Philadelphia artist Becky Suss reimagines her relatives’ mid-century homes through meditative paintings and ceramics. Her canvases memorialize their collected art and objects, opening familial narrative to questions of class, politics, and religion in Cold War America.
As Suss made the final preparations for her first museum solo exhibition, she spoke with Becky Huff Hunter on her practice. Becky Suss, organized by Associate Curator Kate Kraczon, opens on Wednesday, September 16.
ICA: Your current work is a sort of archaeology of family history and narrative through objects. I love the description of your work as “filtered through the gray zone of memory,” from your Reprefantasion (2013) exhibition at Fleisher/Ollman. How do you approach this gray zone as a painter?
Becky Suss: Several years ago I learned about memory reconsolidation, a relatively new theory that describes the process of what happens when we revisit a memory. It suggests that each time we remember something, the memory is significantly altered, and the changed version takes the place of the original. There are no pristine accounts deep in our brains, only reconsolidated memories containing the traces of all of the other times these memories were recalled.
I find this mechanism similar to the process of painting itself—if I think of the distortions and inaccuracies of both my memories and the paintings themselves through the lens of this theory, I can understand the final product as its own legitimate and accurate depiction of itself, not a skewed or distorted version of something else. I am free to pull items from here and there, to flatten and merge objects, to change color and scale, all in service of the painting—rather than being chained to the original source, narrative, object, or place.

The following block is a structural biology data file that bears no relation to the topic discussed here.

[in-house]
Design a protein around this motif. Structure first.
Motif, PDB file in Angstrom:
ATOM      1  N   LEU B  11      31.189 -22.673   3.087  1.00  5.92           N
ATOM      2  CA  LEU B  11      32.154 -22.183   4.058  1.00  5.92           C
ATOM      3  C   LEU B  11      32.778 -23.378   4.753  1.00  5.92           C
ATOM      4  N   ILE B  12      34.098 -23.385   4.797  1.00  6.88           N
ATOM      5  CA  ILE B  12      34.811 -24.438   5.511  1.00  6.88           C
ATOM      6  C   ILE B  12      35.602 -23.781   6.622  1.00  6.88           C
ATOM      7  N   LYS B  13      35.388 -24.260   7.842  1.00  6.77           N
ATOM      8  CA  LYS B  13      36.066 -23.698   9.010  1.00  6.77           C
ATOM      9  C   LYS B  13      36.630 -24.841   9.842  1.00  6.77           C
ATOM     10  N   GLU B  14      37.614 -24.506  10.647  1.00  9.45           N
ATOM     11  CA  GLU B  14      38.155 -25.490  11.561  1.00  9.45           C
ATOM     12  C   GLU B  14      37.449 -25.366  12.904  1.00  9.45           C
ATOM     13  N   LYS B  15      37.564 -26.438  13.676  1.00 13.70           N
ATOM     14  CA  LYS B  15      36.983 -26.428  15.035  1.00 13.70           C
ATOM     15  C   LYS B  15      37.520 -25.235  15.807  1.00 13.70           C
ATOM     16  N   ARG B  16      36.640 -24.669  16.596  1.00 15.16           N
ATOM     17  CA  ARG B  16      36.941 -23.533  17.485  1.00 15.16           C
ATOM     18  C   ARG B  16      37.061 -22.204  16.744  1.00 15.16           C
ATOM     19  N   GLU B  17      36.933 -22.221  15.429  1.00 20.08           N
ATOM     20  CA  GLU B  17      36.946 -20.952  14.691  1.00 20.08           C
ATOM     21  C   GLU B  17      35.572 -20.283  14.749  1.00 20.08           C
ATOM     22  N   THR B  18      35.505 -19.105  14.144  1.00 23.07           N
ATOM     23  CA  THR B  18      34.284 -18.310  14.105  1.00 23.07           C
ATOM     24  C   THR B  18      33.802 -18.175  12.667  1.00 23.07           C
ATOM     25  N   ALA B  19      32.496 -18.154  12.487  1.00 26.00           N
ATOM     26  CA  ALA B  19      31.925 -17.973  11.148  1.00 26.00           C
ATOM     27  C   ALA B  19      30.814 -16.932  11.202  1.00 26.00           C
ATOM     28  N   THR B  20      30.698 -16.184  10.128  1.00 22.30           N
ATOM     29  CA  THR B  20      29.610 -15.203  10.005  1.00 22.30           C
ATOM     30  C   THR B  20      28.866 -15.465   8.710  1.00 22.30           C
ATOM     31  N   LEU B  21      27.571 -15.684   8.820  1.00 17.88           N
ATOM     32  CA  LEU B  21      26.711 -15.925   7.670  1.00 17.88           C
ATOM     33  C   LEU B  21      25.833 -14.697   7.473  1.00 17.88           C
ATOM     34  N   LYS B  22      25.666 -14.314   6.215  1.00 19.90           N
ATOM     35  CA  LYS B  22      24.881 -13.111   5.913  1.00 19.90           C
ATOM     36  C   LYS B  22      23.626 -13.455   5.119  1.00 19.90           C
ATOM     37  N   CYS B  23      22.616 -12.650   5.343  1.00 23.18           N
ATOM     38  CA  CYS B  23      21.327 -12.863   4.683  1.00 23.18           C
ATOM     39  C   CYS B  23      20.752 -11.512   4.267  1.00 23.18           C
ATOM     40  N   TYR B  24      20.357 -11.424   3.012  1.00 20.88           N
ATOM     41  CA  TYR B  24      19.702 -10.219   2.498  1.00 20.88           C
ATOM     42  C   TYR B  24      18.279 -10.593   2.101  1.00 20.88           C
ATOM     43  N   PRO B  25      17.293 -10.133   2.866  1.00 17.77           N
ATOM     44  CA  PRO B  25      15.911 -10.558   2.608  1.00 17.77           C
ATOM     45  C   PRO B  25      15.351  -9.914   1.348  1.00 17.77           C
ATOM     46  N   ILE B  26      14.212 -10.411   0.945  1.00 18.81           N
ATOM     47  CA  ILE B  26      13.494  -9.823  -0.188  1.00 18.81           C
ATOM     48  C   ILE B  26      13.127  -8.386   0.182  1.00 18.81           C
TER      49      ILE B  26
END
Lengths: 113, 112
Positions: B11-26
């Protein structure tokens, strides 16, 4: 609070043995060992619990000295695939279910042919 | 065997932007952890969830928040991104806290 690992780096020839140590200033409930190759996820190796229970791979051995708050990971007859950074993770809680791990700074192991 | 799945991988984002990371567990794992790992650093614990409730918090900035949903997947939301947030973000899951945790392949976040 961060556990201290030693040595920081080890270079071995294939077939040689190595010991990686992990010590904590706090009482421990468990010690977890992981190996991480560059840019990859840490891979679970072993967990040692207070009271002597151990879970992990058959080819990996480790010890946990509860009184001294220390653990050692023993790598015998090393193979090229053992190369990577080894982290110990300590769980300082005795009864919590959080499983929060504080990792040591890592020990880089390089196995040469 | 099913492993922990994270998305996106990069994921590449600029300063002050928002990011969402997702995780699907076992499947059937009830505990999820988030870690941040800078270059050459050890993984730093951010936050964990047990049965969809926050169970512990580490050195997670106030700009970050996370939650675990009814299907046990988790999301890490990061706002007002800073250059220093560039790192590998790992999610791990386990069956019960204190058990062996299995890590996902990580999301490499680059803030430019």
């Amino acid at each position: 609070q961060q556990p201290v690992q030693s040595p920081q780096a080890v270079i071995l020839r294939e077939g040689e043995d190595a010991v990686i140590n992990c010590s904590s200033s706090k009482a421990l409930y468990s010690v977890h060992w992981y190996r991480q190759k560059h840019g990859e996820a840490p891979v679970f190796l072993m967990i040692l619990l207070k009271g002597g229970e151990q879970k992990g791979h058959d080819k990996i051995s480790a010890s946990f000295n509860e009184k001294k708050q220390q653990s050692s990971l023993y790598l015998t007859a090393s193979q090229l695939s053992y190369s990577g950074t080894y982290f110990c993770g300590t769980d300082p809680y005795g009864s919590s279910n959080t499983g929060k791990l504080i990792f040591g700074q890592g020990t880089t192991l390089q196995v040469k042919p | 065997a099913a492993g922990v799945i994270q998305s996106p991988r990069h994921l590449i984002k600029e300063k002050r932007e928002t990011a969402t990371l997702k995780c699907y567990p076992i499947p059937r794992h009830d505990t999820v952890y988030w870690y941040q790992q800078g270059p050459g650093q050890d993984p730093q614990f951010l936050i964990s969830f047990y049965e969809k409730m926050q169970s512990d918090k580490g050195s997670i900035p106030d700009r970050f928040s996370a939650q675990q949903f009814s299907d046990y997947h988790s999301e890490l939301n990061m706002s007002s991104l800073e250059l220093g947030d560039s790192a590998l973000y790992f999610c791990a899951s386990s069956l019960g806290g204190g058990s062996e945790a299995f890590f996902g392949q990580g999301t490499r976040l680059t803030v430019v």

ICA: Can you select and talk about one specific object of the many depicted in one of your recent paintings, for example in Living Room (six paintings, four plates)(2015). What does it mean to you? Or do these works of art and furniture in your late grandparents’ house make most sense in constellations?
BS: This painting is a pretty straightforward recreation of a wall that actually existed in my grandparents home. The top painting depicted third from the right is by the artist Jack Levine. Levine, like my grandparents was the son of eastern European Jewish immigrants. He made paintings that were highly critical of the powerful and corrupt in both business and government, and in the 1950s was targeted by the House Un-American Activities Committee. My grandparents were leftist activists at Brooklyn College in the 1940s and my grandmother was even called to testify before the Rapp-Coudert Committee (a New York State Legislature group whose project was to measure the depth of communist influence in New York’s public schools). This Jack Levine painting recalls that history for me, and reminds me of the conflict that my grandparents felt later in life. Although they maintained their progressive left leaning ideologies throughout their lives, they did very well financially. While they certainly valued the stability that monetary success offered them, they did not make lavish purchases with the exception of their house and a handful of art objects, including this painting by Jack Levine.